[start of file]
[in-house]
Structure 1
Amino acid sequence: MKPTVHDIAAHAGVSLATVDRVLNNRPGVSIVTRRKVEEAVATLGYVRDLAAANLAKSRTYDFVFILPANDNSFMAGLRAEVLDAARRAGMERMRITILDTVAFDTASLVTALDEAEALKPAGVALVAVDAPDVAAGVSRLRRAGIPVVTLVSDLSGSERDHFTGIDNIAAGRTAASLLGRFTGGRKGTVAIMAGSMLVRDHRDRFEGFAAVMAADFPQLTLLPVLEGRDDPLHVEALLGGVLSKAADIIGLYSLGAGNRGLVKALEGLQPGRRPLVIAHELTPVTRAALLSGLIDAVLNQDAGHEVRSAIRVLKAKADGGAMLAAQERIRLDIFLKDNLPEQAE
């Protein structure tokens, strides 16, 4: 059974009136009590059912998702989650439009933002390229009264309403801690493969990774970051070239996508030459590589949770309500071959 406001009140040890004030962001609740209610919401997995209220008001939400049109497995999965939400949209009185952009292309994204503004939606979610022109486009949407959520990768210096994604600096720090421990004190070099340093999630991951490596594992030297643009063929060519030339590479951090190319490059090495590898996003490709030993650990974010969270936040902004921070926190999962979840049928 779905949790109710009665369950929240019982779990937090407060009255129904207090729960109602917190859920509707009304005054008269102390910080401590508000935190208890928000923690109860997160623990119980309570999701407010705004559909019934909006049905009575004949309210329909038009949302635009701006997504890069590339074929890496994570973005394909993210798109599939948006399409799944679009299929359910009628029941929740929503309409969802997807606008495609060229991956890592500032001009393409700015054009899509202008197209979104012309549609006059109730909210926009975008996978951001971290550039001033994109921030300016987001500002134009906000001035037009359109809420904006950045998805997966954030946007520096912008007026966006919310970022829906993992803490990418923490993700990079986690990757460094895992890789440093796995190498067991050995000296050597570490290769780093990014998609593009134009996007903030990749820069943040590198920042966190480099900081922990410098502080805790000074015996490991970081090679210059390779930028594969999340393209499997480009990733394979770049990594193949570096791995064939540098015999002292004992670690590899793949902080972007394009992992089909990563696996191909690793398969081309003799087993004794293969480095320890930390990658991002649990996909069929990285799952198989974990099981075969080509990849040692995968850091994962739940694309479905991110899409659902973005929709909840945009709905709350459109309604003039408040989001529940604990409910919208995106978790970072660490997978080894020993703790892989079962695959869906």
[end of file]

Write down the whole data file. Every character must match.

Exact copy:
[in-house]
Structure 1
Amino acid sequence: MKPTVHDIAAHAGVSLATVDRVLNNRPGVSIVTRRKVEEAVATLGYVRDLAAANLAKSRTYDFVFILPANDNSFMAGLRAEVLDAARRAGMERMRITILDTVAFDTASLVTALDEAEALKPAGVALVAVDAPDVAAGVSRLRRAGIPVVTLVSDLSGSERDHFTGIDNIAAGRTAASLLGRFTGGRKGTVAIMAGSMLVRDHRDRFEGFAAVMAADFPQLTLLPVLEGRDDPLHVEALLGGVLSKAADIIGLYSLGAGNRGLVKALEGLQPGRRPLVIAHELTPVTRAALLSGLIDAVLNQDAGHEVRSAIRVLKAKADGGAMLAAQERIRLDIFLKDNLPEQAE
């Protein structure tokens, strides 16, 4: 059974009136009590059912998702989650439009933002390229009264309403801690493969990774970051070239996508030459590589949770309500071959 406001009140040890004030962001609740209610919401997995209220008001939400049109497995999965939400949209009185952009292309994204503004939606979610022109486009949407959520990768210096994604600096720090421990004190070099340093999630991951490596594992030297643009063929060519030339590479951090190319490059090495590898996003490709030993650990974010969270936040902004921070926190999962979840049928 779905949790109710009665369950929240019982779990937090407060009255129904207090729960109602917190859920509707009304005054008269102390910080401590508000935190208890928000923690109860997160623990119980309570999701407010705004559909019934909006049905009575004949309210329909038009949302635009701006997504890069590339074929890496994570973005394909993210798109599939948006399409799944679009299929359910009628029941929740929503309409969802997807606008495609060229991956890592500032001009393409700015054009899509202008197209979104012309549609006059109730909210926009975008996978951001971290550039001033994109921030300016987001500002134009906000001035037009359109809420904006950045998805997966954030946007520096912008007026966006919310970022829906993992803490990418923490993700990079986690990757460094895992890789440093796995190498067991050995000296050597570490290769780093990014998609593009134009996007903030990749820069943040590198920042966190480099900081922990410098502080805790000074015996490991970081090679210059390779930028594969999340393209499997480009990733394979770049990594193949570096791995064939540098015999002292004992670690590899793949902080972007394009992992089909990563696996191909690793398969081309003799087993004794293969480095320890930390990658991002649990996909069929990285799952198989974990099981075969080509990849040692995968850091994962739940694309479905991110899409659902973005929709909840945009709905709350459109309604003039408040989001529940604990409910919208995106978790970072660490997978080894020993703790892989079962695959869906």